What is really the significance of the social media to people’s lives nowadays? To what extent of their life they would sacrifice everything just for the sake of their social network accounts? What if we didn’t have this kind of generation today? How much time do we really spend a day just scrolling the timeline or checking our social network accounts? What if the internet didn’t exist, what would life be like? And so the questions won’t end.
Yes, I wonder how life would be today if internet did not exist. I won’t deny the fact that I, myself, is also active to some social networks but a matter of fact, there are times that the thought would still come across my mind. I am still curious about the life of today versus the life before, I mean with and without the internet. I have heard and kind of read some articles about how life would run if internet did and did not exist. Of course, there’s a huge difference and everyone knows that.
The internet today is quite a big help, somehow, but at the same time it’s a big distraction also to everyone’s lives. I do think that social network can messed up someone’s life, whether you agree or not but I do really think so. The internet makes a big impact to our lives now; faster way of communication, easy way to research, makes our technology life better and the list continue.
Now, going back to the question “what life would be like right now if the internet didn’t exist?”. Simple, more interactions with people we love and lesser eyes on the monitors or screens and there would be more verbal interactions than non-verbal interactions. But what if social network didn’t really have to exist and why does it really have to exist?
Are you familiar with the movie, “The Social Network”? Or have you seen the movie already? It’s actually amazes me how Mark came up with an idea of creating his own social network site by just using his creativity and intelligence. It amazes me how he pursue of making the social network site thru hacking some accounts. He can be nerd and weird at the same time but in just one snap, he became not just a millionaire but a billionaire. We don’t know how capable a person is and where would his abilities would bring him.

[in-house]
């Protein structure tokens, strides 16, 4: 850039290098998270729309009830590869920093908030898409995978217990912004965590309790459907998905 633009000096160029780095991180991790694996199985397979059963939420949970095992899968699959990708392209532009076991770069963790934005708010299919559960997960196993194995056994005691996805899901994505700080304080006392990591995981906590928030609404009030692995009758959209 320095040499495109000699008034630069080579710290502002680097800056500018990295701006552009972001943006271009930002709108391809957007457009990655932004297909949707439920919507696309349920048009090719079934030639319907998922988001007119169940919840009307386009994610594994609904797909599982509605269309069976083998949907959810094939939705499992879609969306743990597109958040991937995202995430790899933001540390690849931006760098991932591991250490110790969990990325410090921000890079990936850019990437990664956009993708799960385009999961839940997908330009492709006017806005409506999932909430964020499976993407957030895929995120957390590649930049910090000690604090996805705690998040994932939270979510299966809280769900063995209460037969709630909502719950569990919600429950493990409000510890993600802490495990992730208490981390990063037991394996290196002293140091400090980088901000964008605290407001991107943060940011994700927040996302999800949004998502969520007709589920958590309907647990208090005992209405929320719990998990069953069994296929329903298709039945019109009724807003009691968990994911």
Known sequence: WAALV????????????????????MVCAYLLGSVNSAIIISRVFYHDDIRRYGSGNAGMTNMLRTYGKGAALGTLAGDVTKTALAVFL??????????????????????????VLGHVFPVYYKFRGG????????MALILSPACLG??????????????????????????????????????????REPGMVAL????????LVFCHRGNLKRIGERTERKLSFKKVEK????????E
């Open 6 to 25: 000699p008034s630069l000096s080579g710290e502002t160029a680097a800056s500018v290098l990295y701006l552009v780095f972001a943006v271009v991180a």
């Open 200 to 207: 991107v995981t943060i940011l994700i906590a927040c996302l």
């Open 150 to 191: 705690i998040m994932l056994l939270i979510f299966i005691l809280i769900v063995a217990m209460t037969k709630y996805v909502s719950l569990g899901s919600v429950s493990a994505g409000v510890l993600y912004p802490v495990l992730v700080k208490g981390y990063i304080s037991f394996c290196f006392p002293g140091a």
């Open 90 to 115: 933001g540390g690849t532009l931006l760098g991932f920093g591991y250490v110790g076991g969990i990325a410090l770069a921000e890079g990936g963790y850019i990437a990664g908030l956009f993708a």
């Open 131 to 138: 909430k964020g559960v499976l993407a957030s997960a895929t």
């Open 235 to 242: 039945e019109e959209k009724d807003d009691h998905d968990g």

Who is Mark Zuckerberg, anyway?
Z U C K E R B E R G, M A R K
Mark Elliot Zuckerberg was born on May 14, 1984, in White Plains, New York, into a comfortable, well-educated family, and raised in the nearby village of Dobbs Ferry. His father, Edward Zuckerberg, ran a dental practice attached to the family’s home. His mother, Karen, worked as a psychiatrist before the birth of the couple’s four children—Mark, Randi, Donna and Arielle.
Zuckerberg developed an interest in computers at an early age; when he was about 12, he used Atari BASIC to create a messaging program he named “Zucknet.” His father used the program in his dental office, so that the receptionist could inform him of a new patient without yelling across the room. The family also used Zucknet to communicate within the house. Together with his friends, he also created computer games just for fun. “I had a bunch of friends who were artists,” he said. “They’d come over, draw stuff, and I’d build a game out of it.”
To keep up with Mark’s burgeoning interest in computers, his parents hired private computer tutor David Newman to come to the house once a week and work with Mark. Newman later told reporters that it was hard to stay ahead of the prodigy, who began taking graduate courses at nearby Mercy College around this same time.
Zuckerberg later studied at Phillips Exeter Academy, an exclusive preparatory school in New Hampshire. There he showed talent in fencing, becoming the captain of the school’s team. He also excelled in literature, earning a diploma in classics. Yet Zuckerberg remained fascinated by computers, and continued to work on developing new programs. While still in high school, he created an early version of the music software Pandora, which he called Synapse. Several companies—including AOL and Microsoft—expressed an interest in buying the software, and hiring the teenager before graduation. He declined the offers. (Bio.)